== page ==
New council inherits host of problems; Members differ on solutions for fractured CA; 2-month-old turmoil; Association lacks president and general counsel; Columbia


As if their learning curve alone is not enough, members of the new Columbia Council who took office last week have inherited the remnants of a 2-month-old mess that thrust the Columbia Association's future into question.

The homeowners group has no president, no general counsel and no vice president for community relations. Another vice president who normally oversees Columbia's 3,100 acres of open space has shifted roles and is serving as acting president.

The unusual confluence of events has left the council's 10 members -- five of whom are new to the board -- facing decisions that likely will affect the long-term direction of the unincorporated city. Already, council members differ on how to proceed.

One wants to choose a successor to Deborah O. McCarty quickly, aiming to hire a new president within three months. Another thinks the first step should be to create a panel of community residents to examine the association's structure and whether there are ways to run it more efficiently.

"The fact that we don't have a president I think is good, so we can now take the time and say, 'What do we want?' " explained Adam Rich, the council representative from River Hill village.

Another likely point of contention for the new board is whether to reinstate two vice presidents who left the organization this year under controversial circumstances. Some say those employees were wrongfully dismissed and deserve to be hired back; others say that rehiring them would be a step "backward."

McCarty resigned as association president effective May 3 in exchange for $200,000 in severance, after 20 months as Columbia's unofficial mayor. She named Vice President for Open Space Chick Rhodehamel the acting president.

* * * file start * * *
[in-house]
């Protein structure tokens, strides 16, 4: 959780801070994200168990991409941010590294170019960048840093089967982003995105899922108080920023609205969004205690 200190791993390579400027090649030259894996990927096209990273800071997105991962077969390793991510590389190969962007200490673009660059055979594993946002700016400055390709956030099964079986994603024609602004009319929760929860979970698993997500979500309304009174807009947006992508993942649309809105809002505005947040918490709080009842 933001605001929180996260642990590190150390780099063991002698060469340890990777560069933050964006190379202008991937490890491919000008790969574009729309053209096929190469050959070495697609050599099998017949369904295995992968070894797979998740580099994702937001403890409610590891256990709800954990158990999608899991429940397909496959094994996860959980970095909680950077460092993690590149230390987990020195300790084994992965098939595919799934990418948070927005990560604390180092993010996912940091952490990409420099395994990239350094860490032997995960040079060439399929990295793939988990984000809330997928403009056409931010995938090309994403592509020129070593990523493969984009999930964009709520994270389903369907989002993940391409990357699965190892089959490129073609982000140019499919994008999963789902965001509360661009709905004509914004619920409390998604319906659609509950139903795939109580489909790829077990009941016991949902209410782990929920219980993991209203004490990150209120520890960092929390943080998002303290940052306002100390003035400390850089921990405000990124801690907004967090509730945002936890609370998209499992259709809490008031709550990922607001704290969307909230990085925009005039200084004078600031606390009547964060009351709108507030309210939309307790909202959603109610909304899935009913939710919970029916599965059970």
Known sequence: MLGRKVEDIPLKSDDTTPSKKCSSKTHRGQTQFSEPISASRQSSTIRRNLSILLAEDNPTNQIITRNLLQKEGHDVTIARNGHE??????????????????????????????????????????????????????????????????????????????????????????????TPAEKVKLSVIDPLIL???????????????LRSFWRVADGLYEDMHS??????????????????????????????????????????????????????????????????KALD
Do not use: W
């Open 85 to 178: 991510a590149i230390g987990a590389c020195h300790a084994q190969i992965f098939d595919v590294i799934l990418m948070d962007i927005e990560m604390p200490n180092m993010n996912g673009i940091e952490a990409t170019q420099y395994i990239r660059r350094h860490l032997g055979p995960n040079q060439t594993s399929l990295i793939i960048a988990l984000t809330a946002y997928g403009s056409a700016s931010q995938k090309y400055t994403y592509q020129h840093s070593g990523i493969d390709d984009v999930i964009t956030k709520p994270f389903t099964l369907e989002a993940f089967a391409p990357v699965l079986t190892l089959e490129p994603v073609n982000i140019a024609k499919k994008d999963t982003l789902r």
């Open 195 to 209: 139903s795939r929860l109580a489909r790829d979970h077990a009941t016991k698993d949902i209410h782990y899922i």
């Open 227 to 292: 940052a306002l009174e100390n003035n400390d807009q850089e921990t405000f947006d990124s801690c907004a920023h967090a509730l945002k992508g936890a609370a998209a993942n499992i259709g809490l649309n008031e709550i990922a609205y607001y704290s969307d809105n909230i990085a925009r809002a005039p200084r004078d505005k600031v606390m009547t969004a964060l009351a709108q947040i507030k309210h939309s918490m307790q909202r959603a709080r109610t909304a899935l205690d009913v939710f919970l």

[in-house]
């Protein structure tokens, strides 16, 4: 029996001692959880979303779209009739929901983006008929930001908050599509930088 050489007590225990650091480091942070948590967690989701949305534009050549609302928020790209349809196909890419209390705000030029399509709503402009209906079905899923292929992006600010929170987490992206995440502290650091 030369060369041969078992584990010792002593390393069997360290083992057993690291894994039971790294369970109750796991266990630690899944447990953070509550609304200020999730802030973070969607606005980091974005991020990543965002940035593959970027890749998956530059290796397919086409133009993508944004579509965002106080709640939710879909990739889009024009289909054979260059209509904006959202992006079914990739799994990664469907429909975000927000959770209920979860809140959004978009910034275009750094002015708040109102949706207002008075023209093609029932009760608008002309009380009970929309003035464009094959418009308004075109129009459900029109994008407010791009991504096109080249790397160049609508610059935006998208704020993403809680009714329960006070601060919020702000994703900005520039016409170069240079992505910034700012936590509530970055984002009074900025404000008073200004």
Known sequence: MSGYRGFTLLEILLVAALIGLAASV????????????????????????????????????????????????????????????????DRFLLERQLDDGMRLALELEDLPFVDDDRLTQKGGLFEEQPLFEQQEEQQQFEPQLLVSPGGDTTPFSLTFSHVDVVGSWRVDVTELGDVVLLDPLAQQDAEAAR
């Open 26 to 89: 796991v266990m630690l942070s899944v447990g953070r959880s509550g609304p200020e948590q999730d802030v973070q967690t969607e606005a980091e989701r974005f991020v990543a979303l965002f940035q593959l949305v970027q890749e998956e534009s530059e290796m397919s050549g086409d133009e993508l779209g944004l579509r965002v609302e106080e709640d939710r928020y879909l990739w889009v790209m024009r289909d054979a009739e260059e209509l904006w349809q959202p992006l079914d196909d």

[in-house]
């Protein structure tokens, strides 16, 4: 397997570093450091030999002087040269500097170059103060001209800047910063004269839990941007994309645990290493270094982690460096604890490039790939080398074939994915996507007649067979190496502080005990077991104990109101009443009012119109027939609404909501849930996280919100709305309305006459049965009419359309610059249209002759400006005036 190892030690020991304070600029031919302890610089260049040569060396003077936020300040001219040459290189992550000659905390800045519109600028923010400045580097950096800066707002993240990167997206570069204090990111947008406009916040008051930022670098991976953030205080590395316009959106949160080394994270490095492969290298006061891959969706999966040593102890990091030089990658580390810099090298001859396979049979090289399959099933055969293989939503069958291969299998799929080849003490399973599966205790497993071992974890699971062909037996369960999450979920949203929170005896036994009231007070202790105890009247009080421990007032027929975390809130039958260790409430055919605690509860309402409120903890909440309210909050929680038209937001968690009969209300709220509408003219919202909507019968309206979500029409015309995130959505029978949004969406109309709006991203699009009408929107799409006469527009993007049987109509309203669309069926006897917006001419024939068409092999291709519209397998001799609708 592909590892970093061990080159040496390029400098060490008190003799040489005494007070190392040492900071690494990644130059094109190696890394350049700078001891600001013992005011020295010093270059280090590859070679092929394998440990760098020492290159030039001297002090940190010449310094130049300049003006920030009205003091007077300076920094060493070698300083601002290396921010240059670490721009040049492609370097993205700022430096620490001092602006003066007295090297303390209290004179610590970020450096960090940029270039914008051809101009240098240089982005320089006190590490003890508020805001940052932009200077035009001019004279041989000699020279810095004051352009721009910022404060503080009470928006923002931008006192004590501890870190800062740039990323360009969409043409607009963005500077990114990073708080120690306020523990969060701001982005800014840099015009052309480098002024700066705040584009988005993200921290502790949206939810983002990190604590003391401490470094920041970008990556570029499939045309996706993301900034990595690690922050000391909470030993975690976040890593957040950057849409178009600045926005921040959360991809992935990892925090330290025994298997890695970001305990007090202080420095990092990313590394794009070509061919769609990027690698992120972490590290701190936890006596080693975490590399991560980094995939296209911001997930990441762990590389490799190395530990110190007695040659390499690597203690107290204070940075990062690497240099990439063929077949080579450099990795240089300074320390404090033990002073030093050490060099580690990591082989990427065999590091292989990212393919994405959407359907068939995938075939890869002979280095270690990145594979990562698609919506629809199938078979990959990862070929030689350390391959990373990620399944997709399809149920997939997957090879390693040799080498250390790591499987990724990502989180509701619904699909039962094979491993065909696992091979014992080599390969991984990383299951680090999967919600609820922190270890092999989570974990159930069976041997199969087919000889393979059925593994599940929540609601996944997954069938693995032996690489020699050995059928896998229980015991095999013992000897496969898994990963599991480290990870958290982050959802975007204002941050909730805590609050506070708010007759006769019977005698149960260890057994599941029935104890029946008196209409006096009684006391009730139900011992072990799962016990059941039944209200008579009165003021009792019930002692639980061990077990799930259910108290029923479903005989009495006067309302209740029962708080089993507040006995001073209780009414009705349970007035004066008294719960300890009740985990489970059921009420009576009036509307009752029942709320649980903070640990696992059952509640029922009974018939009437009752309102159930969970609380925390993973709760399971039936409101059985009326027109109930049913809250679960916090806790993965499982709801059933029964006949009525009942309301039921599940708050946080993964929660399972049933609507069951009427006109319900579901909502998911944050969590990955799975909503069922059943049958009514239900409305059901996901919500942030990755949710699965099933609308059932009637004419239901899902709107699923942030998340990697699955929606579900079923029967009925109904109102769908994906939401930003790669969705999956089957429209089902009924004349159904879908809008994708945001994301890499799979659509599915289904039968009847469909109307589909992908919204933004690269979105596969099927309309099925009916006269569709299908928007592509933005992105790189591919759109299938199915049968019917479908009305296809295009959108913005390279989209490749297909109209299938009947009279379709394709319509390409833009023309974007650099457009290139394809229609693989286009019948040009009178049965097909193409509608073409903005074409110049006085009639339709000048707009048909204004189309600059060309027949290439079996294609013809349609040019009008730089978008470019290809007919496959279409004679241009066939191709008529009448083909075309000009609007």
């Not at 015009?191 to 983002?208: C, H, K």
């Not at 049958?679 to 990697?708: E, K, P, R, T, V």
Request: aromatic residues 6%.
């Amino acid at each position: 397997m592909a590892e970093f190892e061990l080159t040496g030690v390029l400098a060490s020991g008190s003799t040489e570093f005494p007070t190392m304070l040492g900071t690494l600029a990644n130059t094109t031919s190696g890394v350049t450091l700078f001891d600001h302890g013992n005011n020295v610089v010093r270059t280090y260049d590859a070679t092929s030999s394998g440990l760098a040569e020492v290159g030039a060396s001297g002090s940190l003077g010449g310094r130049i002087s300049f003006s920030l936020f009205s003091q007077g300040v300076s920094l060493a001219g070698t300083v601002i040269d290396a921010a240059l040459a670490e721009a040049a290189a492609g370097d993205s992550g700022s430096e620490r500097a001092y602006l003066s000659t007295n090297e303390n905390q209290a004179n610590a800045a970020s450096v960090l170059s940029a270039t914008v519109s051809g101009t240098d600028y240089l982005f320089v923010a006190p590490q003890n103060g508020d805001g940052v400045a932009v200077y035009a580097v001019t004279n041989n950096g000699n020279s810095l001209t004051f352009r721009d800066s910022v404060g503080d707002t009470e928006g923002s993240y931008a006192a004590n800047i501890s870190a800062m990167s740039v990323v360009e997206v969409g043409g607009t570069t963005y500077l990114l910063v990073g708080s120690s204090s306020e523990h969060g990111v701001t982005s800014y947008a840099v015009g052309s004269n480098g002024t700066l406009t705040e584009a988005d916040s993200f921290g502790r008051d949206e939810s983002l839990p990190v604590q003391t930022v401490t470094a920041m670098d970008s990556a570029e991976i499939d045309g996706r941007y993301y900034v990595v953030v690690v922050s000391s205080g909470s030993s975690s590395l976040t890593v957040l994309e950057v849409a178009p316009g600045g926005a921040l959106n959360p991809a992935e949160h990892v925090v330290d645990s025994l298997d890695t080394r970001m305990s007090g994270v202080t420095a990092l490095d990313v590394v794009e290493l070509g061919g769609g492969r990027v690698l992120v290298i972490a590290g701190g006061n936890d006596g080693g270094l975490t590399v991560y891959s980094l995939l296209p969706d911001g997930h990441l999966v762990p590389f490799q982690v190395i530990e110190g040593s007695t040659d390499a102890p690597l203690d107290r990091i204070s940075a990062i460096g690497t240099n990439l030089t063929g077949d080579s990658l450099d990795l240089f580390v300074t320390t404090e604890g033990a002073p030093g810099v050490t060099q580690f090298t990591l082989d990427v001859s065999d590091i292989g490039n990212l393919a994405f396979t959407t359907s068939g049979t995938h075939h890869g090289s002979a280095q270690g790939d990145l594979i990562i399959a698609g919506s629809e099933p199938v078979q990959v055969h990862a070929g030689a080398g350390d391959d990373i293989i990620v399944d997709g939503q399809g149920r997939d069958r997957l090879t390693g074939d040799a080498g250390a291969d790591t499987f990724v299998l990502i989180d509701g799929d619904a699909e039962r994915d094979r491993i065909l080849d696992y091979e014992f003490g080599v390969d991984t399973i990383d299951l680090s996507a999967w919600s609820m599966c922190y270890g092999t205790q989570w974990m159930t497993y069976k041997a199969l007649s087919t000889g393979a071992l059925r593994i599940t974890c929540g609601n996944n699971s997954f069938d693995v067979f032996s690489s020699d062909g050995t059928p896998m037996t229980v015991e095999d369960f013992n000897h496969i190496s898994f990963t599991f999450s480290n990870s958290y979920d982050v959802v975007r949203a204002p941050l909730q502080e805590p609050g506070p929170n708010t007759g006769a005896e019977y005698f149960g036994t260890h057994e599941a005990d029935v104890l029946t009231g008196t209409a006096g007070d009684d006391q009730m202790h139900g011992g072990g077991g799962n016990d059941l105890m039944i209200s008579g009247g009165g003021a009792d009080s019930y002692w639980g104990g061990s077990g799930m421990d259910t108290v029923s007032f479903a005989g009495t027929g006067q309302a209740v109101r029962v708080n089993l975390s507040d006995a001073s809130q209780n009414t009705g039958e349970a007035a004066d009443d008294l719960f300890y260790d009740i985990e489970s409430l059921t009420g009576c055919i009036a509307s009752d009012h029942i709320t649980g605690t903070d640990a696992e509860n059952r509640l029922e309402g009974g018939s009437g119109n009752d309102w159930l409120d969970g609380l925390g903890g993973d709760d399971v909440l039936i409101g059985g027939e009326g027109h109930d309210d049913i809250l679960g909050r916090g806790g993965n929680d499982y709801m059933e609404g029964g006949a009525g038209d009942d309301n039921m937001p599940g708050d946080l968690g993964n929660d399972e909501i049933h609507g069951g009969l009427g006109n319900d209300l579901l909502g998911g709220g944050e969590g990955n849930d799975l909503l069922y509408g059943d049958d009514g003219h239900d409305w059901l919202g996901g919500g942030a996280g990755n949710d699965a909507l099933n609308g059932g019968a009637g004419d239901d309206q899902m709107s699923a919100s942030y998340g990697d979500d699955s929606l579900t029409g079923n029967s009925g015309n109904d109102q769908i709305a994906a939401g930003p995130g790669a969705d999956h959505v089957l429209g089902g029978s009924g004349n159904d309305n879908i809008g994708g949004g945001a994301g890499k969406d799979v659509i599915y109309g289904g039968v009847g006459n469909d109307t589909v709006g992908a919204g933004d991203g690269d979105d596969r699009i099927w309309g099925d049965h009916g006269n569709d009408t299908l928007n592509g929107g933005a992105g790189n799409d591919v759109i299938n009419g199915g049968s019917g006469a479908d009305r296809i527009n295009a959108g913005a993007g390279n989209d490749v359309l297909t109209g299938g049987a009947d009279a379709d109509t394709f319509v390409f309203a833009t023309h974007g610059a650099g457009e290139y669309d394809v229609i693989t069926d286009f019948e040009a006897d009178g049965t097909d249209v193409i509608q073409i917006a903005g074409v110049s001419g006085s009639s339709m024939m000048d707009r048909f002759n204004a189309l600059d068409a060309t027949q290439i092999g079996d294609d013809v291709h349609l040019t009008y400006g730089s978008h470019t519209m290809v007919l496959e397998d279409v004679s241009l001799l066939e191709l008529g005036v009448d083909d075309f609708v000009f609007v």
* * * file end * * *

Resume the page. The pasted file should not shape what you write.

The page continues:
The remaining vacancies were created in March after a demand by McCarty and the board that all six of the association's vice presidents submit letters of resignation. Pam Mack of the community relations division and Shelby A. Tucker King, who served as secretary and general counsel, left at that time.

James P. Ulwick, an association attorney, is in talks with lawyers for Mack and Tucker King; it is unclear whether a settlement is near in either case and what the terms of any settlement might be. Ulwick is expected to brief the council on the issue at its first meeting tonight.

By most accounts, the Columbia Association, which provides services and runs recreational facilities for the city's 87,000 residents with a $50 million budget, is running on autopilot -- even with the staff vacancies.

"I think it's probably running fine," Cecilia Januszkiewicz, the Long Reach representative, said this week.

"I don't hear a lot of complaints. I think that the grass is being cut, which is the most critical, and the pools are supposed to open on time, and beyond that I don't know what people look for."

Januszkiewicz maintains that the council, which serves concurrently as the association's board of directors, isn't as efficient and effective as it might be because its membership is constantly changing. Three representatives have one-year terms; the rest have two.

"My experience on the council suggests to me that there's got to be a better way," she said.

Januszkiewicz is among those seeking a review of the association before any long-term personnel decisions are made.

"Until we do that, I don't think we should do many things about hiring a president, filling vacancies, deciding whether we need 'community relations' or not," she said.

But Barbara Russell, who represents Oakland Mills, wants to move more quickly; she is aiming to hire a president within three months.

"I think that that's doable," she said.

It has not been decided whether the search will be conducted nationally or locally. Council Chairman Lanny Morrison has said he has had several inquiries from prospective candidates from Howard County, though he declined to name them.

Rich has suggested hiring an "executive transition company" to help the association through the process. The main problems he sees within the organization are poor communication and "lack of long-term vision."

The council has scheduled a work session for May 30 to discuss the presidential search process.

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